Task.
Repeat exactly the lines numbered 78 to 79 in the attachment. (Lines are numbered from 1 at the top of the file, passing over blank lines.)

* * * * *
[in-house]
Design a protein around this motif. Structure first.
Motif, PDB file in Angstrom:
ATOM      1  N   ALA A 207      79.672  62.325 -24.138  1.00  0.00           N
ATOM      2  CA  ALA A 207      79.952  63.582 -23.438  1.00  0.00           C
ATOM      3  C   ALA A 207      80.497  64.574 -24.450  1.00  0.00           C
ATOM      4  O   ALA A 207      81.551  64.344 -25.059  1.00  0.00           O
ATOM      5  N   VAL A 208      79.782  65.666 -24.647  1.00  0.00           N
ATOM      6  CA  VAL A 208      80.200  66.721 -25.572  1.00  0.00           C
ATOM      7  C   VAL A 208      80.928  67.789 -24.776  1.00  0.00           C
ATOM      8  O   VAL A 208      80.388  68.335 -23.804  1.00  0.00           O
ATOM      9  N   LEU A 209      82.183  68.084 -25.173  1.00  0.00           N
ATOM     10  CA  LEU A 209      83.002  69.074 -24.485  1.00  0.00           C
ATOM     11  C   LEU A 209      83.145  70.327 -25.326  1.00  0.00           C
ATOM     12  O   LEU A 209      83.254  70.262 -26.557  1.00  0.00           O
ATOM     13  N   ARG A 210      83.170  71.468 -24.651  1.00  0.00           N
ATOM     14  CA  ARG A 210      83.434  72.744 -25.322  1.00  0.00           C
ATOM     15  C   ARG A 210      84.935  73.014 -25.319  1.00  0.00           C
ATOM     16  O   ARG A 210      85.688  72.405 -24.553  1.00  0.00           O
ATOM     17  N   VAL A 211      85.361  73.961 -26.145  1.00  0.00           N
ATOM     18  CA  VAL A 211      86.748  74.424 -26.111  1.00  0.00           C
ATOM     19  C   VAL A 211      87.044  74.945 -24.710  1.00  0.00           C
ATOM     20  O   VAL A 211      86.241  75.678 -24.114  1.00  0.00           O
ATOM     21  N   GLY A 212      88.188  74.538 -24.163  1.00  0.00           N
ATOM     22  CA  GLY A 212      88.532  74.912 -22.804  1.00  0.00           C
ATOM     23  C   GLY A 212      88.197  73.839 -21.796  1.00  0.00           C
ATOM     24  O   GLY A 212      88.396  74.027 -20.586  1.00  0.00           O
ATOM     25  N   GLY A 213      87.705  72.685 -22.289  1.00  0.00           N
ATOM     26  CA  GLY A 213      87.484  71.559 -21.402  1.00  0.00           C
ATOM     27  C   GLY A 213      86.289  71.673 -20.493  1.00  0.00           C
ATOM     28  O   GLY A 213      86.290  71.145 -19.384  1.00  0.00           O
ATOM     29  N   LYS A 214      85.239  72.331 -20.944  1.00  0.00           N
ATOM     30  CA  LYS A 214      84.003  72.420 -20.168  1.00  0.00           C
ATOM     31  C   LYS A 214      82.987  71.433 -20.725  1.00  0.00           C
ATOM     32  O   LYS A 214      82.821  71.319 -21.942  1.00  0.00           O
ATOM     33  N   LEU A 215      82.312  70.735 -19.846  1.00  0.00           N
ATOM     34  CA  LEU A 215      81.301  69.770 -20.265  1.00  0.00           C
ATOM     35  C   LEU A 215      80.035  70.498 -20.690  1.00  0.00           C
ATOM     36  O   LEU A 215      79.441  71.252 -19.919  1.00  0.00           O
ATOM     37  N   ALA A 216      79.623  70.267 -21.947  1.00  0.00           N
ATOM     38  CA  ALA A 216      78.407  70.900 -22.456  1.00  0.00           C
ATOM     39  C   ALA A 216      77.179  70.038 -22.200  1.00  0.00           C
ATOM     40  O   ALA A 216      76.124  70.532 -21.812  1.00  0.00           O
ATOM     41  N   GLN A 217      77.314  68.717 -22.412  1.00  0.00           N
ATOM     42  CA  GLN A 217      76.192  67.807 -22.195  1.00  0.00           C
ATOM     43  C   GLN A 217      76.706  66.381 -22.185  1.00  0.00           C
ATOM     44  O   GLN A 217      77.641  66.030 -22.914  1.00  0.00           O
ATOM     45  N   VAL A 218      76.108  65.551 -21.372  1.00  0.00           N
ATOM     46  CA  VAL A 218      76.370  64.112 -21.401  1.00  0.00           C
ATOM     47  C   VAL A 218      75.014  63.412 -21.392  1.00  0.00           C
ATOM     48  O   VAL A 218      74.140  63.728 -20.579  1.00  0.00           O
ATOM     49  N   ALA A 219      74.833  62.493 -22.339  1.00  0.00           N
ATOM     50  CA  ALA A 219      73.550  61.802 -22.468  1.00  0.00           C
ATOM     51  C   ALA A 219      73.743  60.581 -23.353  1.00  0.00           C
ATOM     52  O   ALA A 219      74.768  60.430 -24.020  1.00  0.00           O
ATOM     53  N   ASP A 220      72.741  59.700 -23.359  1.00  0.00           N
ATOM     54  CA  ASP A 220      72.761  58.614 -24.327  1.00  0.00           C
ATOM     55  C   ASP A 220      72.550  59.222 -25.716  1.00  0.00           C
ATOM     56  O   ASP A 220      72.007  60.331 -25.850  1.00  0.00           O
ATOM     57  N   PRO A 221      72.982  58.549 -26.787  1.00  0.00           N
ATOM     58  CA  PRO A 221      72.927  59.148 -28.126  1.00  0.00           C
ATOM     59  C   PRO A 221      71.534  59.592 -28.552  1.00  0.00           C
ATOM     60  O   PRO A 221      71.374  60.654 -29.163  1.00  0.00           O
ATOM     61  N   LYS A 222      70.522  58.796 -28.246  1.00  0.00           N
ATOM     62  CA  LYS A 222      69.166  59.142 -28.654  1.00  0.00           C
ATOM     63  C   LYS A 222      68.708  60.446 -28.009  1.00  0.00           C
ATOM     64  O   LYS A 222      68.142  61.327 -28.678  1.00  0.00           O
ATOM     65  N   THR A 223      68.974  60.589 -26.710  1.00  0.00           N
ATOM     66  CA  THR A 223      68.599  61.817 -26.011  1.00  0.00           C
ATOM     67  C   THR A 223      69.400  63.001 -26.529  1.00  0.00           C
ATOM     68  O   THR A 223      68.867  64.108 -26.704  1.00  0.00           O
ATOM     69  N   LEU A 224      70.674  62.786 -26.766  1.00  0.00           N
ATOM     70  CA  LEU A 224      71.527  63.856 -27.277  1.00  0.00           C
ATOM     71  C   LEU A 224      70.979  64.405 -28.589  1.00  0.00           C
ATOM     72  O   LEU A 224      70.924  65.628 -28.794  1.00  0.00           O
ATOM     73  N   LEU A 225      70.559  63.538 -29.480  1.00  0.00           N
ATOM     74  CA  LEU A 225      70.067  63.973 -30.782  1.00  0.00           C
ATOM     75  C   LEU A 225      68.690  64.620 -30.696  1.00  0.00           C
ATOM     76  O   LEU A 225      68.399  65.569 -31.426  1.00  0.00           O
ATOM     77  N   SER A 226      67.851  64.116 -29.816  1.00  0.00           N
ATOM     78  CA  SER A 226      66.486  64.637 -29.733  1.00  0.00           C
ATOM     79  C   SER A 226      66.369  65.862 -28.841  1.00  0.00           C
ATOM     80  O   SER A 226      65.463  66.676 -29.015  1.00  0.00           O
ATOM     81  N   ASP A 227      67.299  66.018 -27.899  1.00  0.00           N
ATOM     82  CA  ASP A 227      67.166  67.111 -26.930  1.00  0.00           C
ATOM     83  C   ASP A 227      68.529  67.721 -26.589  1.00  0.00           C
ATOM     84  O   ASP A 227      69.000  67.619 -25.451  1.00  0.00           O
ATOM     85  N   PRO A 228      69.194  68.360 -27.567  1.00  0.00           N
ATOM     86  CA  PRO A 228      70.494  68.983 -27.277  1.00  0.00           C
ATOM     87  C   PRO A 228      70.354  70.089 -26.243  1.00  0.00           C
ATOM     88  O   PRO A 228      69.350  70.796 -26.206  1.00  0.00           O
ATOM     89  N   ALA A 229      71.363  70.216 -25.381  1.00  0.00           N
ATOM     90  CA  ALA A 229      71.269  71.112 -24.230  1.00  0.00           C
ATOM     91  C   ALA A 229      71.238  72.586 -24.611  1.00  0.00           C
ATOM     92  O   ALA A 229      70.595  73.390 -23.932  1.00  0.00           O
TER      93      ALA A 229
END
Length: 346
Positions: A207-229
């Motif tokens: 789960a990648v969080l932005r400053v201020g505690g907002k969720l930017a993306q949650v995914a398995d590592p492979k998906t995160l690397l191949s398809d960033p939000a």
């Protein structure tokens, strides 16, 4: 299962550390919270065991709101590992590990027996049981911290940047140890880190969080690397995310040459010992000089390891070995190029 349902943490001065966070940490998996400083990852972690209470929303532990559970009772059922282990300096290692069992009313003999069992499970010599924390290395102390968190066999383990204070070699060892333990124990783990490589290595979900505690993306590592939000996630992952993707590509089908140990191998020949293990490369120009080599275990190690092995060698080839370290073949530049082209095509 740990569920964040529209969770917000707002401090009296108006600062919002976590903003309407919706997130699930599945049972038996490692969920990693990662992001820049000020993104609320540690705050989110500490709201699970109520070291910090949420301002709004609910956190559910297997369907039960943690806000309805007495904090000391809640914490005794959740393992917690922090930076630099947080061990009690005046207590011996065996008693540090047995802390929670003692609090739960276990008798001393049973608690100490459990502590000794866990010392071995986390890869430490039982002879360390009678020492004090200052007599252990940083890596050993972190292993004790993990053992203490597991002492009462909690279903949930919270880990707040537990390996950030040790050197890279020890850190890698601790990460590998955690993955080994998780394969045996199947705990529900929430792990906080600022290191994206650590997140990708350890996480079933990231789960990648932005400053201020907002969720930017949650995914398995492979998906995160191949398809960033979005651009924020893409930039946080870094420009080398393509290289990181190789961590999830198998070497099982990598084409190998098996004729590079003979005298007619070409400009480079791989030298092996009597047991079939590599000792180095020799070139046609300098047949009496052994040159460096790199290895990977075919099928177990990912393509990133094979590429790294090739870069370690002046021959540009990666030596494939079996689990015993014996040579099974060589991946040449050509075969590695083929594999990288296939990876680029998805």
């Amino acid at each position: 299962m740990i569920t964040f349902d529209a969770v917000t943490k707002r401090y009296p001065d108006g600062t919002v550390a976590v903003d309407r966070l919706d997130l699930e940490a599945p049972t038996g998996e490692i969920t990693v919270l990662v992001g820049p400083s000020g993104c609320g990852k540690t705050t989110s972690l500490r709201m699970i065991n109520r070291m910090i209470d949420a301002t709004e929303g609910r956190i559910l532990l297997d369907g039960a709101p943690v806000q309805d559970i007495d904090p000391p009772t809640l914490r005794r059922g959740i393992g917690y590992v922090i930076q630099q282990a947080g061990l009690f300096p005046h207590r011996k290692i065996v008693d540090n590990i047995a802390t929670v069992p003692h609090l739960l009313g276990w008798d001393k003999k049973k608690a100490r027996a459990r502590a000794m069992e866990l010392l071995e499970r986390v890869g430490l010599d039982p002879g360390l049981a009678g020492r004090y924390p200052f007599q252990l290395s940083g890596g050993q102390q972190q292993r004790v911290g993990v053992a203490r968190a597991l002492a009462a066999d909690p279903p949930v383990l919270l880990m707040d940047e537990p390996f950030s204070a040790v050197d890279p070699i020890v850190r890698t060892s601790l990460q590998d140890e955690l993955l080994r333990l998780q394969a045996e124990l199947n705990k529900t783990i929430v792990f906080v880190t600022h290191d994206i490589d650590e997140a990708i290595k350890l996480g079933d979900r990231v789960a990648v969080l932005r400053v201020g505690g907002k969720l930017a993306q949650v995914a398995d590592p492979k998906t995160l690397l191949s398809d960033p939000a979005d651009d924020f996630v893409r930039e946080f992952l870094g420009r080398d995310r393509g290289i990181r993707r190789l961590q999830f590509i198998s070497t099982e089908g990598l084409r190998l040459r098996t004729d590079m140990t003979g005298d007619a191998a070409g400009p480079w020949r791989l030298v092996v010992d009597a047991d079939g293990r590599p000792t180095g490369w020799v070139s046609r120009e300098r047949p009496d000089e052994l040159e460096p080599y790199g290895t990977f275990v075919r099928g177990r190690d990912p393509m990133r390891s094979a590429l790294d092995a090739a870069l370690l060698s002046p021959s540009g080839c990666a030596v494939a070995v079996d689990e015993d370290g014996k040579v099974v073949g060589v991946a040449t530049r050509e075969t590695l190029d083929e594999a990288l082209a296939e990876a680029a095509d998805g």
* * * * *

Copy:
ATOM     75  C   LEU A 225      68.690  64.620 -30.696  1.00  0.00           C
ATOM     76  O   LEU A 225      68.399  65.569 -31.426  1.00  0.00           O